The Israeli and German representative offices in Taiwan have expressed shock and regret at an Italian restaurant in New Taipei City’s Banciao District (板橋) serving a dish named “Long Live Nazi spaghetti (納粹萬歲麵),” saying it showed how some Taiwanese lack understanding about history and the Nazi slaughter of Jews and other minorities.
The restaurant owner, Tsao Ya-hsin, was quoted by cable news channel TVBS on Sunday as saying that she named the dish to get customers’ attention, but that she did not wish to specifically place emphasis on the word “Nazi.”
Tsao added that she named the dish so because it contains German sausages.
Photo: David Chang
Asked about their first impressions on hearing the word “Nazi,” members of the public told TVBS said they associate it with the Holocaust, the genocide of approximately 11 million people, including 6 million Jews, by the German military under the command of Adolf Hitler and his collaborators.
This was not the first time a local eatery escaped the bounds of taste. In 2000, a theme restaurant in Taipei caused controversy by displaying several photographs of Nazi concentration camps on the walls. The restaurant owner later pleaded ignorance and removed the images.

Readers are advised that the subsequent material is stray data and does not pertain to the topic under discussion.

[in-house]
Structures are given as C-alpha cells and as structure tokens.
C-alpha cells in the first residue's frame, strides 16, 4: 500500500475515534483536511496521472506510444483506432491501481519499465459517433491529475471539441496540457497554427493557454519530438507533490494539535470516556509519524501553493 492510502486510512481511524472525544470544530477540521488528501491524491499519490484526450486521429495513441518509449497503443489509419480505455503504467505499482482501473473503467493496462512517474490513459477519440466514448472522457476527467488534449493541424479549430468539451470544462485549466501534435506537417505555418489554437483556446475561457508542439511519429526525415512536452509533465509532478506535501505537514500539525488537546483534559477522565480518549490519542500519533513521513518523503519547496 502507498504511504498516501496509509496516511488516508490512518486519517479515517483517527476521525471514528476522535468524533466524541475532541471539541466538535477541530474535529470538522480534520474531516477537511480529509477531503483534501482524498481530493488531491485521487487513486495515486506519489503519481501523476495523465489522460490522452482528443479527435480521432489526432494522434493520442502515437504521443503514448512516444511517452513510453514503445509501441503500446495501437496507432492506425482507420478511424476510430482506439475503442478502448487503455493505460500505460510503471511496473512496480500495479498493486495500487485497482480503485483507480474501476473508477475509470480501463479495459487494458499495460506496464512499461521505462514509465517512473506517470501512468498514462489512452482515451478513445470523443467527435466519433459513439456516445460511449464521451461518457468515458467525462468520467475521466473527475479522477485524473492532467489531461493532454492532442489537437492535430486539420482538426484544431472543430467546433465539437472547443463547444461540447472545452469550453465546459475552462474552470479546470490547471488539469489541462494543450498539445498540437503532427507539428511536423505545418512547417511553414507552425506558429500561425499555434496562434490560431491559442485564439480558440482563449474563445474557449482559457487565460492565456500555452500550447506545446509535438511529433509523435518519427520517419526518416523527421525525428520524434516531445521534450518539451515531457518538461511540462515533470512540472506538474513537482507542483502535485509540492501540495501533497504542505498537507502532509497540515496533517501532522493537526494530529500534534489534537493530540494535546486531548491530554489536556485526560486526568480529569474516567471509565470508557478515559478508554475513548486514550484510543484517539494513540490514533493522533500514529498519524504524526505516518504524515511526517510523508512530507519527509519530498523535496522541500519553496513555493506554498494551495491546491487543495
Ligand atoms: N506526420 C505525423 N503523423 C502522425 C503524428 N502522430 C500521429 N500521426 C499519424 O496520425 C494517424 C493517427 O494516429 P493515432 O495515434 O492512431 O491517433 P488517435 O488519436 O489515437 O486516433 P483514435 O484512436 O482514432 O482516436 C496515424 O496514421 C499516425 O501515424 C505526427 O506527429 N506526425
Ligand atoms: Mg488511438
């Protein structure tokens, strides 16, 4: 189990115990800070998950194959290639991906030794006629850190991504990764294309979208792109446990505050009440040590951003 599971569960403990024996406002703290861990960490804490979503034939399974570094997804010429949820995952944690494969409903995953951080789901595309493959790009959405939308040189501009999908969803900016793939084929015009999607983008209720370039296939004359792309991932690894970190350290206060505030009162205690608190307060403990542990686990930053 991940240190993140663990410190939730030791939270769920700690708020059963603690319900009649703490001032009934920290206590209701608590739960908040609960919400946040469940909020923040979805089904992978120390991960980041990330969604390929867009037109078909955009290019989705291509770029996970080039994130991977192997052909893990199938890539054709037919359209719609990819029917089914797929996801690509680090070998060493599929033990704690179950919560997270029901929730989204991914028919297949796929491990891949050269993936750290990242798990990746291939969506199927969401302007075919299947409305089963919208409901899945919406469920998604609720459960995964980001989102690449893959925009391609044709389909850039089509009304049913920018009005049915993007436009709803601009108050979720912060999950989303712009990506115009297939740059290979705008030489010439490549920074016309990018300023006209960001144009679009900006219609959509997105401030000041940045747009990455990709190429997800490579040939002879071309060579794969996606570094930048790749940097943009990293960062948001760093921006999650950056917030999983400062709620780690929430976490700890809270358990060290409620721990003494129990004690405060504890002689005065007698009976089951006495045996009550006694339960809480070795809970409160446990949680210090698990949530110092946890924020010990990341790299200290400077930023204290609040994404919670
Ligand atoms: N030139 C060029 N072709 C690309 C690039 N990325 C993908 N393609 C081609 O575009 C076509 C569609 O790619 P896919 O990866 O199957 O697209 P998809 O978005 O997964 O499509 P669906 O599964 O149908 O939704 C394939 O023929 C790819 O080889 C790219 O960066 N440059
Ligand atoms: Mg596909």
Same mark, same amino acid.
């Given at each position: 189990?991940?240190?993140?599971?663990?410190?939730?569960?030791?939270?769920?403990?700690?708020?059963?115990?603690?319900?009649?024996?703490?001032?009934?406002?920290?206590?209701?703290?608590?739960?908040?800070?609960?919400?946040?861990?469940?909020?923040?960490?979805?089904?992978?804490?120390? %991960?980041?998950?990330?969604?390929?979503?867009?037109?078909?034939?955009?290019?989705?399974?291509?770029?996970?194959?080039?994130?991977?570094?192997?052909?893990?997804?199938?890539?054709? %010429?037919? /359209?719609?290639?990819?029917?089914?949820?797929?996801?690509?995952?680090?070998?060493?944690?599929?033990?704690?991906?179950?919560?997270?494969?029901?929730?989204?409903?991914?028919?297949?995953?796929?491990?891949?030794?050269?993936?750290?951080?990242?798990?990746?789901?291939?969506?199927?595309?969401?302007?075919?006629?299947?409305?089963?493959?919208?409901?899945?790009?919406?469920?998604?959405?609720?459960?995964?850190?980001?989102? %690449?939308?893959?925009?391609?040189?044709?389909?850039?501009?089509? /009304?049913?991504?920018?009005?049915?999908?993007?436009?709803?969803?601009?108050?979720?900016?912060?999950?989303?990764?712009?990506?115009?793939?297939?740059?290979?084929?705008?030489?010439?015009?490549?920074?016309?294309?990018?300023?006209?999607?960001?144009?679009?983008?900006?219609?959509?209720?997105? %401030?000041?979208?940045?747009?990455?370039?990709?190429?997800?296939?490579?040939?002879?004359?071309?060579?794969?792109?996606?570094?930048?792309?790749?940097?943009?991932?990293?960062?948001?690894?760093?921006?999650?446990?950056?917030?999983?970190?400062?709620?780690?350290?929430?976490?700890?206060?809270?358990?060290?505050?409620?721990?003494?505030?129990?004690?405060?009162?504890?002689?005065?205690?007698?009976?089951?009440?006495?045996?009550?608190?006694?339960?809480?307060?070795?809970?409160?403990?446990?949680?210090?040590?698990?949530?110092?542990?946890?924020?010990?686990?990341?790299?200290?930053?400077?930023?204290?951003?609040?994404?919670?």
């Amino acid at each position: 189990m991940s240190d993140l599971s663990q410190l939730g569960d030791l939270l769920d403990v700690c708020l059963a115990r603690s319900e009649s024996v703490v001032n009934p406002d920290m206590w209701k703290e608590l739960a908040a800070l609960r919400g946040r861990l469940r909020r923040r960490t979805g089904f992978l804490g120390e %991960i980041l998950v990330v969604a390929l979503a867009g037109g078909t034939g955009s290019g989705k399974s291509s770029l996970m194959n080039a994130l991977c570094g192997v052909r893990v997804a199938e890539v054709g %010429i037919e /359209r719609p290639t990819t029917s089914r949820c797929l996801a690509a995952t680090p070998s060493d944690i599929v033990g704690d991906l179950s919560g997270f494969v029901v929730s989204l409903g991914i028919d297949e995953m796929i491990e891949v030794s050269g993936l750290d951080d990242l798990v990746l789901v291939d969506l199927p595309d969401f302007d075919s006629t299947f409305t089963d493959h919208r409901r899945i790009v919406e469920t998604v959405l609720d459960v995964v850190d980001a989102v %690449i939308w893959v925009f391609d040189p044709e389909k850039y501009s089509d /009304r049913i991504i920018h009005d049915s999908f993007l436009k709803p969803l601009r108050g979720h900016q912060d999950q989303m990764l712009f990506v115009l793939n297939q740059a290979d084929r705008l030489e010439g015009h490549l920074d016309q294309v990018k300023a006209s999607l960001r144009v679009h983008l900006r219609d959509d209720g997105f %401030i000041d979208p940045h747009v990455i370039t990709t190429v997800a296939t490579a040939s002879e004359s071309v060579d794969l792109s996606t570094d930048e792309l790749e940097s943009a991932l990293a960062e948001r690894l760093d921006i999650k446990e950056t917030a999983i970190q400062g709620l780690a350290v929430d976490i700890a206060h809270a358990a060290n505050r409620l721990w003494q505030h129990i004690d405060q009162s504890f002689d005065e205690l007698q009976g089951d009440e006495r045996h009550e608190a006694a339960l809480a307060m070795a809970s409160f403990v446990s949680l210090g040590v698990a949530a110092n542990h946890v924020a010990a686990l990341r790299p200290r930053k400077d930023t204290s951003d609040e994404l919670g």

In October 2011, President Chain Store Corp, which runs the 7-Eleven convenience stores, removed products featuring an Adolf Hitler-style cartoon figure following complaints.
Mark Lee, a Taiwanese blogger who gained fame with the online comic strips that ridicule corporate bosses using tongue-in-cheek humor, said at the time that the caricature was indeed inspired by Hitler, but added that it was by no means meant to endorse or promote Hitler’s views or Nazi ideology.
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